“These resources are having an impact. We have seen substantial breaking up of a number of the network youth offenders in other parts of the State. We’ve seen the biggest decrease in the crime rate in over a decade.”

South Sudanese community member Nelly Yoa told the ABC: “A lot of them do use the excuse that they’ve come from a war-torn country… doesn’t matter where you’ve come from. The fact is, you know, you’re in this country and you need to abide by this country’s law.”

Ms Nyadol Nyuon, who fled South Sudan aged five and grew up in refugee camps before coming to Australia in 2005, where she is now a lawyer with Melbourne firm Arnold Bloch Leibler, told ABC TV’s The Summer Drum on 2 January that she was troubled by the emphasis on South Sudanese youth because it suggested a link between the crimes and the ethnicity of those who committed them.

“This is not a Sudan or South Sudan problem, I would say, I think it’s an Australian problem,” Ms Nyuon said. “It’s a group of kids that are struggling to find their own space in a new country…

“My issue is with the way this is being made to seem as if this is a South Sudanese, or someone from a South Sudanese background, is likely to commit crime. Now that paints all of us in the community in a very, very bad light. It also takes away from the achievement of so many South Sudanese people, who are making a life for themselves, who are taking this second opportunity to build businesses, to make strong families and to do the right thing. So when we focus on the Sudaneseness of these people, I think we miss the issue. The issue is what do we do as a community – all of us as a community – to make sure that young people that are in trouble, or who are getting in trouble with the police, are dealt with as a community, not as South Sudanese.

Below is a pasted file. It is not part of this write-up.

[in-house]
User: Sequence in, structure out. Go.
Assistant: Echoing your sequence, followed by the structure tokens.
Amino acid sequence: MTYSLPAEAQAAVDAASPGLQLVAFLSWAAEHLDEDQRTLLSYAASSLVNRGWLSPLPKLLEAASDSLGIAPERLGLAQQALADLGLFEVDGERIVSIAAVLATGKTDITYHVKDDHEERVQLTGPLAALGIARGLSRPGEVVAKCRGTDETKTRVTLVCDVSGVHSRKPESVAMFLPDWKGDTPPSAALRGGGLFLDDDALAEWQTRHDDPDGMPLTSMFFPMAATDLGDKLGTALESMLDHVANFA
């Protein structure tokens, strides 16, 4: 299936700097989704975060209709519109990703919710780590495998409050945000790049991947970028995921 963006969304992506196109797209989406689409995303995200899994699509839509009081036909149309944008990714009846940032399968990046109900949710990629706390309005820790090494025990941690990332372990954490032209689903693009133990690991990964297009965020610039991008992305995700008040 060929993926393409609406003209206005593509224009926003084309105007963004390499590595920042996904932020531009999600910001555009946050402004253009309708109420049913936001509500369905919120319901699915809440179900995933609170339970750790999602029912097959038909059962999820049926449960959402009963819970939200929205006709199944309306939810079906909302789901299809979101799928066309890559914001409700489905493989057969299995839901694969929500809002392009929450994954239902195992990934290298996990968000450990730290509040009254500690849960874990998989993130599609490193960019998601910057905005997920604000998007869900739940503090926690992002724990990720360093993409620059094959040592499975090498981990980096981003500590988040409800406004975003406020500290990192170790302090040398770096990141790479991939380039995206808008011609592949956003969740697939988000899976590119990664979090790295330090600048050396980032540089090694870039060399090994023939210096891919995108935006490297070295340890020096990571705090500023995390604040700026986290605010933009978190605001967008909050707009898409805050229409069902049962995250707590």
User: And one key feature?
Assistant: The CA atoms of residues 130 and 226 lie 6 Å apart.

“I have been a victim of war, I have lived in refugee camps and I know the fear that someone whose home has been invaded feels. I’m not taking away from that, I’m not telling anyone who has been a victim of crime by someone who happens to be South Sudanese that that’s not an issue. What I’m saying, though, is that there are many South Sudanese out there doing the right thing. What I’m also saying is that we should focus on this issue as an issue going wrong in Australia, as an issue affecting Australian youth, because the moment we make it a South Sudanese issue, then we begin to have a conversation about deporting people. And I think that will begin to show an insight into us thinking of these kids as if they are some ‘other’ people. They are not ‘other’ people, they are Australian young people having problems that the Australian community needs to collectively deal with.

“A lot of these boys, particularly the kind of group that we’re now seeing on the street, tend to be about 12 to maybe 18-year-olds and taking that the average South Sudanese would have been here for 15 years or so, they would either have come here very young, some of them would have been born here. And this is why I keep saying this is an Australian problem. Some of them have never seen a refugee camp or even know what South Sudan is. They do not share the same stories that their parents would have shared, they would not have known the suffering their parents would have endured in refugee camps and so the expectations that somehow these kids are going to act less problematic because of their background or because they would appreciate the fact that they were refugees is a bit misguided because these kids are growing up here, these are first-generation Australians.